Four-week lockdown begins in Germany amid tighter rules in Europe

Four-week lockdown begins in Germany while France copies Wales and bans supermarkets from selling ‘non-essential’ items as tighter restrictions are brought in across Europe

  • Four-week lockdown comes into force in Germany today until end of the month
  • Comes after lockdowns were imposed in France, Spain, Belgium and Greece, while tougher measures have come down in Italy 
  • Supermarkets in France have been banned from selling non-essential items after smaller shops complained it was unfair that they could still sell clothes

A four-week lockdown came into force today in Germany, with restaurants, bars, theatres, gyms and cinemas closed down until the end of the month. 

The restrictions are less strict than those imposed in the first phase of the pandemic in March and April.

This time around, schools, kindergartens, non-essential shops and hairdressers are to remain open.

Meanwhile in France, supermarkets have been told that they cannot sell non-essential goods after smaller shopkeepers reacted furiously to their still offering clothes, beauty products and flowers.

Similar to the restrictions imposed in Wales, the French government said it was not fair for supermarkets to profit from goods which could not be sold by smaller retailers during the new national lockdown.

Teenagers head to school on Monday as they walk past a poster featuring a nurse wearing a protective mask and thanking medics in the COVID-19 fight in the city of Rennes

German Chancellor Angela Merkel during the government policy declaration during a session of the German parliament Bundestag in Berlin on Thursday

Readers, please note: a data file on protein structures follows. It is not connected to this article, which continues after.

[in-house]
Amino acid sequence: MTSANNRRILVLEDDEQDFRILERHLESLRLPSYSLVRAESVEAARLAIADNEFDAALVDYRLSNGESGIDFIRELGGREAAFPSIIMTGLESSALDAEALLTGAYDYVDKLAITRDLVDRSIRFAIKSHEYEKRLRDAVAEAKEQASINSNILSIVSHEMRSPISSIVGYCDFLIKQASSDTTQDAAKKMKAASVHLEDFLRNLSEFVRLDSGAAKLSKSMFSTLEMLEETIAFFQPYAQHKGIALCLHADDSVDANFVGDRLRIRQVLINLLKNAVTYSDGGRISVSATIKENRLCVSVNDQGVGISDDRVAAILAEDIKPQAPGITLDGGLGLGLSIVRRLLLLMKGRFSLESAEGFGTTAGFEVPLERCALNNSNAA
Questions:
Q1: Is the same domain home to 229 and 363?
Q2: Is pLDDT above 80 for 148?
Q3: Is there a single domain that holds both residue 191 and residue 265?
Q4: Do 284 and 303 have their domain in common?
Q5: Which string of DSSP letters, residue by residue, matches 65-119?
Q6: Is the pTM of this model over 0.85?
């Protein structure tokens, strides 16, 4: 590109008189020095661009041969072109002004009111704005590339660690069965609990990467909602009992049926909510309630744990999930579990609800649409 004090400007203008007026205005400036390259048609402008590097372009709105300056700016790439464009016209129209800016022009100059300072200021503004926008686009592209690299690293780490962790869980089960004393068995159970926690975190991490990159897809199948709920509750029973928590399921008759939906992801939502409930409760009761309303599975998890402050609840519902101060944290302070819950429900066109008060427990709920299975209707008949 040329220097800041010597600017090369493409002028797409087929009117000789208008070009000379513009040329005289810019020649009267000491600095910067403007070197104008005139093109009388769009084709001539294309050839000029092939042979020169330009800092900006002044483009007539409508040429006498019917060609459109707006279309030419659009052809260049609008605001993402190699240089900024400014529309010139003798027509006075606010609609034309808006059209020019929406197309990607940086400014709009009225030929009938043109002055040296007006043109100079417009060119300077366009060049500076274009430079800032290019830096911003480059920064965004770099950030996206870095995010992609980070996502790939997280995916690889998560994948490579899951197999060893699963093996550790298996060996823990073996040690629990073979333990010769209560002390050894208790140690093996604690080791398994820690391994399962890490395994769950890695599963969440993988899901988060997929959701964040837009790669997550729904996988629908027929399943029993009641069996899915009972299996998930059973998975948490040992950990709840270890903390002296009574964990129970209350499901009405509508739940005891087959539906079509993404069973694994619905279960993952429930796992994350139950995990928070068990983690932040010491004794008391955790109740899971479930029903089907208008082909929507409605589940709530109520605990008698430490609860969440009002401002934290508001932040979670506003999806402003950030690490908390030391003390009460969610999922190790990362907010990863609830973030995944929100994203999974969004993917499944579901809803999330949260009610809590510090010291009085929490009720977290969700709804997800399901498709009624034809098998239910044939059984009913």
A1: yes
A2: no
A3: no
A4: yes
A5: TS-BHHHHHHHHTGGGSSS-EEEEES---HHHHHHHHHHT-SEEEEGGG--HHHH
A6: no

New lockdowns in Europe 

Germany 

Restaurants, bars, theatres, gyms and cinemas closed down on Monday until the end of October. 

Germans have been asked not to make non-essential journeys and hotels are barred from accommodating people on tourist trips. 

France

Full national lockdown imposed until December 1. 

People are only allowed to leave their homes to buy essential goods, for medical reasons or to exercise.

Belgium

Non-essential shops have been shut and any services that require close contact – such as hairdressers – have also been closed.

Gyms, pools, museums and theatres are shut.

It comes a week after bars and restaurants were ordered to close for four weeks.

Italy

Imposed on October 26, the measures ask people not to leave their local areas for the next month.

Bars and restaurants must close at 6pm, while schools and workplaces remain open.

Gyms, pools, theatres and cinemas have been closed but museums are allowed to remain open.

Spain

A full lockdown was imposed on October 25, sparking violent protests in several cities, including Barcelona.

People are only allowed to leave their house for essential items, work or to care for someone else.

Greece

Greek prime minister Kyriakos Mitsotakis announced restaurants, bars, cinemas and gyms would close across vast swathes of the country from Tuesday.